Large Retailers Increasing Dividends
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The Standard and Poor’s High Dividend Aristocrats index compiles 60 of the highest dividend yielding stocks within the entire S&P which have a consistent record of increasing their distributions to shareholders over the last quarter of century. Only regular dividends, not special payouts, are considered for eligibility into this elite group of dividend paying stocks. With a heavily sentiment driven market, dividend cuts, as a result, normally have detrimental consequences on the demand for shares, such as the case with GE when management sliced the payout from $0.31 to $0.10 amidst the financial crises.
Oftentimes, companies which offer dividend growth are not found in the high growth tech sectors, but are hiding in somewhat less attractive areas such as discount and home improvement retailers. Tech companies with high growth opportunities typically invest into themselves as breakthrough products are what drive company stock returns. Retailers, on the other hand, do not have to fund expensive R&D projects, allowing them to payout dividends to shareholders on an ongoing basis as long as they are profitable.
Wal-mart (NYSE: WMT), the largest retail giant operating in this space, yields an impressive 2.45%, paying shareholders $1.46 per year. The latest dividend hike was a staggering 20.6% based on the company’s solid cash flow generating abilities; with around 9,000 locations in 15 countries, Wal-mart generated $419 billion in sales in fiscal 2011. Since Wal-mart shares have shown little appreciation over the last several years, its payout attracts investors to the otherwise lackluster shares. Target (NYSE: TGT), Wal-Mart’s largest North American competitor does not only vie for customers, but for investors as well. With investors’ pessimism about Target’s performance, driving its stock price to an 18 month low in the summer, Target raised its dividend by 20%. However, this action failed to cause a rally in the shares that management had hoped for despite the 2.41% yield.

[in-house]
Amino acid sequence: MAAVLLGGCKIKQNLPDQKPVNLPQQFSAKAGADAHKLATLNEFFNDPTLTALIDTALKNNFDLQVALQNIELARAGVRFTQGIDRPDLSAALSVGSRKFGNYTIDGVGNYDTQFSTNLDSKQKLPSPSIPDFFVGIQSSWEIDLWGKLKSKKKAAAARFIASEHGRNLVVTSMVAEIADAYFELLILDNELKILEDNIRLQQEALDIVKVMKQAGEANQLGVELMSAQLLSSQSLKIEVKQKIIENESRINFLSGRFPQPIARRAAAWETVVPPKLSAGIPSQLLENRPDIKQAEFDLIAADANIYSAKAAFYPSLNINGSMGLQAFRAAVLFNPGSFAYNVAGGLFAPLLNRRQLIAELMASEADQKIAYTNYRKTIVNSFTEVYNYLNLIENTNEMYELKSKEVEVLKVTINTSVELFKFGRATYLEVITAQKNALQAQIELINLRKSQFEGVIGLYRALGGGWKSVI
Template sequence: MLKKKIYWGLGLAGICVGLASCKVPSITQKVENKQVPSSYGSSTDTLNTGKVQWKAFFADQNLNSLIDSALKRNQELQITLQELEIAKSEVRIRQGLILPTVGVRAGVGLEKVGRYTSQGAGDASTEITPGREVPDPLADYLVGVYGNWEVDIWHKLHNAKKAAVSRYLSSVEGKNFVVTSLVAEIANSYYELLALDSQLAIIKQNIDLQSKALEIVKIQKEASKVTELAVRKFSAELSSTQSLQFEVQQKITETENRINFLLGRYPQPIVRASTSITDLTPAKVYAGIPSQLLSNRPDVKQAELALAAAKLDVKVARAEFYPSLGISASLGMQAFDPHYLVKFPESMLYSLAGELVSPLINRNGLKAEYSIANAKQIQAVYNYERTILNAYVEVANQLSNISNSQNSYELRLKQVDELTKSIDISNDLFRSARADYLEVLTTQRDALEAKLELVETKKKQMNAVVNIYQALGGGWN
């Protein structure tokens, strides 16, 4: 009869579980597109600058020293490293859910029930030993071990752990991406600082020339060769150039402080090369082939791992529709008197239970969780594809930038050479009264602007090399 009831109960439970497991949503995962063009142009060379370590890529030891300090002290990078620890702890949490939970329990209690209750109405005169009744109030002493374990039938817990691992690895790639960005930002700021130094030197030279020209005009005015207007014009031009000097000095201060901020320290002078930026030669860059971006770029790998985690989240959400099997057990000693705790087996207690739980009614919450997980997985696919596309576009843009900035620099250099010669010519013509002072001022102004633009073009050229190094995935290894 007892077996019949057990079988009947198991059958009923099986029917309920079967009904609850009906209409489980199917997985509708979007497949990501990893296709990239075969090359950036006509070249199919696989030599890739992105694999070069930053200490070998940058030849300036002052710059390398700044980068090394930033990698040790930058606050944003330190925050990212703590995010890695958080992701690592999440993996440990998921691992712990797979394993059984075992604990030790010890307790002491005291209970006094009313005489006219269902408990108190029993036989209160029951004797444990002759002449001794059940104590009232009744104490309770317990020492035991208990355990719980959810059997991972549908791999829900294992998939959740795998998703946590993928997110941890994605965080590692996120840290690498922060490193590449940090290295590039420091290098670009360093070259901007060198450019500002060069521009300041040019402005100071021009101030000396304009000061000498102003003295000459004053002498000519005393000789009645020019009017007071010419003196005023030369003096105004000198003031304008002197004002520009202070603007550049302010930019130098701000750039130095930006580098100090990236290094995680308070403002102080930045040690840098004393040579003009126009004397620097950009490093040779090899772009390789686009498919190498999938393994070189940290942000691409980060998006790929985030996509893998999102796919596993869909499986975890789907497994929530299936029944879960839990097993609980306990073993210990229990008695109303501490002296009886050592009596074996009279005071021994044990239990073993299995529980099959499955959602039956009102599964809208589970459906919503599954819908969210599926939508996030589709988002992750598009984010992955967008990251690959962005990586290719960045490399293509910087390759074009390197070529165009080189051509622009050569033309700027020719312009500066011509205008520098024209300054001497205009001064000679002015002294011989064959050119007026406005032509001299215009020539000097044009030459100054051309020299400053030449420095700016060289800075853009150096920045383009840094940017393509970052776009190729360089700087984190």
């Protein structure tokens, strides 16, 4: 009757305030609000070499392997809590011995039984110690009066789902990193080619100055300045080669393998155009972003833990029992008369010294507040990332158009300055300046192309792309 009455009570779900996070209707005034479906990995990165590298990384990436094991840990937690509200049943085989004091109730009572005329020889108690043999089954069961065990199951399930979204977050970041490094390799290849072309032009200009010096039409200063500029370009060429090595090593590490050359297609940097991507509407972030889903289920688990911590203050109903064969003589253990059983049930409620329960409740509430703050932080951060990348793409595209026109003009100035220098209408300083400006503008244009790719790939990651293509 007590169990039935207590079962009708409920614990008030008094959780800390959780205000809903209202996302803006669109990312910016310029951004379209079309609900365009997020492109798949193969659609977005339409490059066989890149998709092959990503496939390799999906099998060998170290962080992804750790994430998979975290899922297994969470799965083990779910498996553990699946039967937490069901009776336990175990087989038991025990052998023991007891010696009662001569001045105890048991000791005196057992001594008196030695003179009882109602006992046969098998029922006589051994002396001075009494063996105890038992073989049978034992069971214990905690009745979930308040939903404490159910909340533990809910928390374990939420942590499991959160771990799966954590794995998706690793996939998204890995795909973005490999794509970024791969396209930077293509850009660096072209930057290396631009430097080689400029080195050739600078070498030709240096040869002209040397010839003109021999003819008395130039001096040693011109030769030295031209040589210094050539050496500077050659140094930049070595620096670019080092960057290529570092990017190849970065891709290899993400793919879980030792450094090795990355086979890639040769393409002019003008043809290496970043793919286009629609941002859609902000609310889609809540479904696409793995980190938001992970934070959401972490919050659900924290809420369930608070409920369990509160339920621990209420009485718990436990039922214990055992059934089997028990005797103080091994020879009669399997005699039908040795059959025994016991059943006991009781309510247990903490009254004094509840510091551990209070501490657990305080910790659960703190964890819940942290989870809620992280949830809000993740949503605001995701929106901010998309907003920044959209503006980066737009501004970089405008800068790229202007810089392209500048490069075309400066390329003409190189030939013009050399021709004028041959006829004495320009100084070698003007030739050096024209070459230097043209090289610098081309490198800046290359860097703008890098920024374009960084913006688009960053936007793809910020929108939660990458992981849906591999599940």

Multichannel consumer goods and drug store operator, Walgreens (NYSE: WAG) also finds itself on the high yield dividend list. Operating a different concept store than Wal-Mart and Target has not pushed Walgreen share price in a different direction than the two major retailers. Shares are down 30% over the last 5 years on poor performance, recently driven by a contract loss with Express Scripts. Walgreens has adopted a similar strategy of upping dividends to maintain the interest of investors. The drugstore pushed with its largest dividend hike in 110 years, raising its yield by 28.6% and authorizing a $2 billion share repurchase program. Currently, Walgreens yields 2.76%.
Lowe’s (NYSE: LOW) and Home Depot (NYSE: HD) yield 2.15% and 2.67%, respectively. Despite that Lowe’s yields less than its home improvement competitor, Home Depot does not appear on the list of the S&P High Dividend Aristocrats. With the slow rebound of the housing market, however, Lowe’s and Home Depot have performed rather well, outperforming the aforementioned corporations in addition to also offering investors increasing income streams. Home Depot announced that quarterly dividends will be increased by 16% as diluted earnings per share grew by 18% in the last reported quarter. Likewise, Lowe’s hiked its dividend payment by an impressive 27% several months ago, raising the quarterly payout to 14 cents – Lowe’s has a 50 year history of paying dividend without interruption.
A stable history of dividend payments offers investors protection against inflation and a greatly desirable income stream. The S&P High Dividend Aristocrats are among the most stable income generators in the market and are unlikely to stop paying dividends, even when times get tough.
The Motley Fool owns shares of Wal-Mart Stores. apinkasovitch has no positions in the stocks mentioned above. Try any of our Foolish newsletter services free for 30 days. We Fools may not all hold the same opinions, but we all believe that considering a diverse range of insights makes us better investors. The Motley Fool has a disclosure policy.